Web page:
One of the reasons why I love the show The Office so much is that by the final scene of the final episode one breathes a sigh of contentment, turns off the program and walks about the rest of the day smiling. When you take part in a story by listening to it, reading it, watching it (etcetera) there is a certain amount of trust involved. After all, one is investing a lot of time and (often) emotional energy into the exploit, and in the case of text and audio mediums has actively co-created the story in the mind and heart—oh, the betrayal that can be felt when a most beloved character is killed off senselessly or loses his fortune or has her dreams smattered! With The Office, every good thing that I could have hoped for the characters comes to pass. I won’t say what happens, but you almost experience that the unspoken agreement between storyteller and recipient has been carried out with supreme sympathy, to the point of being comfortingly indulgent (at least I did). Everything is as it should be.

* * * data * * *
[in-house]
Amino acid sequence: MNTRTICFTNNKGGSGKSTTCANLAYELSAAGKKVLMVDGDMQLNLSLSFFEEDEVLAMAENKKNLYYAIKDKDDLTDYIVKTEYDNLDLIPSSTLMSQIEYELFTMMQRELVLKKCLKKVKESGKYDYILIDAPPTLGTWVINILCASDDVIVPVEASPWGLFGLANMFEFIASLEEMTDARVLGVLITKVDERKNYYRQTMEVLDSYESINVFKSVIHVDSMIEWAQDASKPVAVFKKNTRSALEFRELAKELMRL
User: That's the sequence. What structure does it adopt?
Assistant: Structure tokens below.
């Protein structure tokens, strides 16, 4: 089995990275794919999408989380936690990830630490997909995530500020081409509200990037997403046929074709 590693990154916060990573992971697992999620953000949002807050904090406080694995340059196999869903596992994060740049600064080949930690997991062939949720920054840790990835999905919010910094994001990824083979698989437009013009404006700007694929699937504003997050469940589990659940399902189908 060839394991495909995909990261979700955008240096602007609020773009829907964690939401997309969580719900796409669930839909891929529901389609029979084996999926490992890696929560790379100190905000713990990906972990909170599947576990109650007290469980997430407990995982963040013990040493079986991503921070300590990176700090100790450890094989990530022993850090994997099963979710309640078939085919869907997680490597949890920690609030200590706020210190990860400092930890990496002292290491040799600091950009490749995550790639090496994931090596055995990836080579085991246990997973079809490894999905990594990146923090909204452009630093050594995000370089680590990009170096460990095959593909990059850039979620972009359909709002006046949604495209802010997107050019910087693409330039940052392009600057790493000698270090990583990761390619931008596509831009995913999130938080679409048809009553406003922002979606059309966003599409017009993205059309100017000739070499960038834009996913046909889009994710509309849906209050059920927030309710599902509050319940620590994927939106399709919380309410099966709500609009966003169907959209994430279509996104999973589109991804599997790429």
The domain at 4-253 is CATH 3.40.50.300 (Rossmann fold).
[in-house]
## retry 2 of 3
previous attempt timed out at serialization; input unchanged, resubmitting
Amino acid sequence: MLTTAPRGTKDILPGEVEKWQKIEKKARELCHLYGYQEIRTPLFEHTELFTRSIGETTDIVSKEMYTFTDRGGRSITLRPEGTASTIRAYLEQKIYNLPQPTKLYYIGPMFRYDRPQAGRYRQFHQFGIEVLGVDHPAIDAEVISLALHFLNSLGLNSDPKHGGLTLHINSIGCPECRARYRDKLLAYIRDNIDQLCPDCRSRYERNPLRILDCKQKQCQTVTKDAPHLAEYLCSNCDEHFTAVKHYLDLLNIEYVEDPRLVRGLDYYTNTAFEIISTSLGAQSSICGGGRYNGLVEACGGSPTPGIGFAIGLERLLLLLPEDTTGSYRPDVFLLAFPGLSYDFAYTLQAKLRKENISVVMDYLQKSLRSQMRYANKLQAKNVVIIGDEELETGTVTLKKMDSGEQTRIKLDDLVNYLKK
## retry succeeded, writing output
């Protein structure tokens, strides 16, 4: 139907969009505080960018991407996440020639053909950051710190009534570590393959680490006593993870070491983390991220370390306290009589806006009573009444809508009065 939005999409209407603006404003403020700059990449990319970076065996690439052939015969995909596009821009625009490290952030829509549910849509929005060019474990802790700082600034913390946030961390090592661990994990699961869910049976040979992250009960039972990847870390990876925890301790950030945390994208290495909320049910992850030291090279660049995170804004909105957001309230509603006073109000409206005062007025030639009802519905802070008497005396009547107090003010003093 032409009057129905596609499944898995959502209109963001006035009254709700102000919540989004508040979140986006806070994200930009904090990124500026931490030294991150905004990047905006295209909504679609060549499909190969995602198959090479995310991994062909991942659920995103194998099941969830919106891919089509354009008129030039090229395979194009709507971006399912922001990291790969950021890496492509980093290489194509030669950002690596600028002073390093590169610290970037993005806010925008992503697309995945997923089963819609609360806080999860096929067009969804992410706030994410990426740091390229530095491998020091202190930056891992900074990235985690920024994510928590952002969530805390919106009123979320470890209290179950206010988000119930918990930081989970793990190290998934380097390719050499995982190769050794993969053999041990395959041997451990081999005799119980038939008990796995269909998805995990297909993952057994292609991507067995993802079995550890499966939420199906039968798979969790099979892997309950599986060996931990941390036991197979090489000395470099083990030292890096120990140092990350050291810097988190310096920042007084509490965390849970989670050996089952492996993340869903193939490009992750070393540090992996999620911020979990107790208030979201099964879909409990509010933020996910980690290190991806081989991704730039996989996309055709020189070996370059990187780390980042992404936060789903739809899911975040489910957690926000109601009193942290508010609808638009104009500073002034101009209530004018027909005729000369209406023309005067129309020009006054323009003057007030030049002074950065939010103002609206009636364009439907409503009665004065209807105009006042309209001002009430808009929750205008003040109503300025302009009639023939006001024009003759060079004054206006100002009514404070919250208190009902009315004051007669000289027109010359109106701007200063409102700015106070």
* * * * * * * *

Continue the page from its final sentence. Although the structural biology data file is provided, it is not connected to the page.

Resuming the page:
The Bookshop is decidedly not one of those stories, but I liked it anyway.